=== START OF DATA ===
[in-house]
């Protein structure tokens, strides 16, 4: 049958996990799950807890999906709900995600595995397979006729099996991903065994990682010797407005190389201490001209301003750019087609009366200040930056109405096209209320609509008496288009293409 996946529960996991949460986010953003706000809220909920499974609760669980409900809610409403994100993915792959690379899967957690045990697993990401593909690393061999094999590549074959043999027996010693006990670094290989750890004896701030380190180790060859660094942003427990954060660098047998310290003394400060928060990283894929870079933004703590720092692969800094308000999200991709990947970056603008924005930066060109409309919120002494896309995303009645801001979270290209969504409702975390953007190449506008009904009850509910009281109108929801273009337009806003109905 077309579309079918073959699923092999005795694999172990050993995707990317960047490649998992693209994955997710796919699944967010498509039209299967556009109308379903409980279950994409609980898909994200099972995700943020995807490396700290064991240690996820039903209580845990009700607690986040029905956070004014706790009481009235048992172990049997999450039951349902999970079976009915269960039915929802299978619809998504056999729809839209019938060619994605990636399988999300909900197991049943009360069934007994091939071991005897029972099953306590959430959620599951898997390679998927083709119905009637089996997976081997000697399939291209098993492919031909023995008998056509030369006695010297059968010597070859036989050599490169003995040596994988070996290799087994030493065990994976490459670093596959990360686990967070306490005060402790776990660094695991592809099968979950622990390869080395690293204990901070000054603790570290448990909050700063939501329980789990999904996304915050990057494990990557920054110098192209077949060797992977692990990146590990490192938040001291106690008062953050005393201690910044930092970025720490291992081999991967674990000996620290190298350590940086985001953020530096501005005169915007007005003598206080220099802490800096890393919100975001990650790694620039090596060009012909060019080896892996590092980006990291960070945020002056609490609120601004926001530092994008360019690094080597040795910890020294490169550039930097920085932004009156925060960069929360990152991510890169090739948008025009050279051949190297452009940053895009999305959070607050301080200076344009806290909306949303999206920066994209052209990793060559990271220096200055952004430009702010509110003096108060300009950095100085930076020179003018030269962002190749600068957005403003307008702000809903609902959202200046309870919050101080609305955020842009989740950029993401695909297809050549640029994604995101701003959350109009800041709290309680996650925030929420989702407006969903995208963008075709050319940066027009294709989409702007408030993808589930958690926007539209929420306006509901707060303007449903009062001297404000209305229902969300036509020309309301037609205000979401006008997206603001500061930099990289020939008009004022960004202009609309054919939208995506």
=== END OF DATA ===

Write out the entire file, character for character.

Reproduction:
[in-house]
């Protein structure tokens, strides 16, 4: 049958996990799950807890999906709900995600595995397979006729099996991903065994990682010797407005190389201490001209301003750019087609009366200040930056109405096209209320609509008496288009293409 996946529960996991949460986010953003706000809220909920499974609760669980409900809610409403994100993915792959690379899967957690045990697993990401593909690393061999094999590549074959043999027996010693006990670094290989750890004896701030380190180790060859660094942003427990954060660098047998310290003394400060928060990283894929870079933004703590720092692969800094308000999200991709990947970056603008924005930066060109409309919120002494896309995303009645801001979270290209969504409702975390953007190449506008009904009850509910009281109108929801273009337009806003109905 077309579309079918073959699923092999005795694999172990050993995707990317960047490649998992693209994955997710796919699944967010498509039209299967556009109308379903409980279950994409609980898909994200099972995700943020995807490396700290064991240690996820039903209580845990009700607690986040029905956070004014706790009481009235048992172990049997999450039951349902999970079976009915269960039915929802299978619809998504056999729809839209019938060619994605990636399988999300909900197991049943009360069934007994091939071991005897029972099953306590959430959620599951898997390679998927083709119905009637089996997976081997000697399939291209098993492919031909023995008998056509030369006695010297059968010597070859036989050599490169003995040596994988070996290799087994030493065990994976490459670093596959990360686990967070306490005060402790776990660094695991592809099968979950622990390869080395690293204990901070000054603790570290448990909050700063939501329980789990999904996304915050990057494990990557920054110098192209077949060797992977692990990146590990490192938040001291106690008062953050005393201690910044930092970025720490291992081999991967674990000996620290190298350590940086985001953020530096501005005169915007007005003598206080220099802490800096890393919100975001990650790694620039090596060009012909060019080896892996590092980006990291960070945020002056609490609120601004926001530092994008360019690094080597040795910890020294490169550039930097920085932004009156925060960069929360990152991510890169090739948008025009050279051949190297452009940053895009999305959070607050301080200076344009806290909306949303999206920066994209052209990793060559990271220096200055952004430009702010509110003096108060300009950095100085930076020179003018030269962002190749600068957005403003307008702000809903609902959202200046309870919050101080609305955020842009989740950029993401695909297809050549640029994604995101701003959350109009800041709290309680996650925030929420989702407006969903995208963008075709050319940066027009294709989409702007408030993808589930958690926007539209929420306006509901707060303007449903009062001297404000209305229902969300036509020309309301037609205000979401006008997206603001500061930099990289020939008009004022960004202009609309054919939208995506």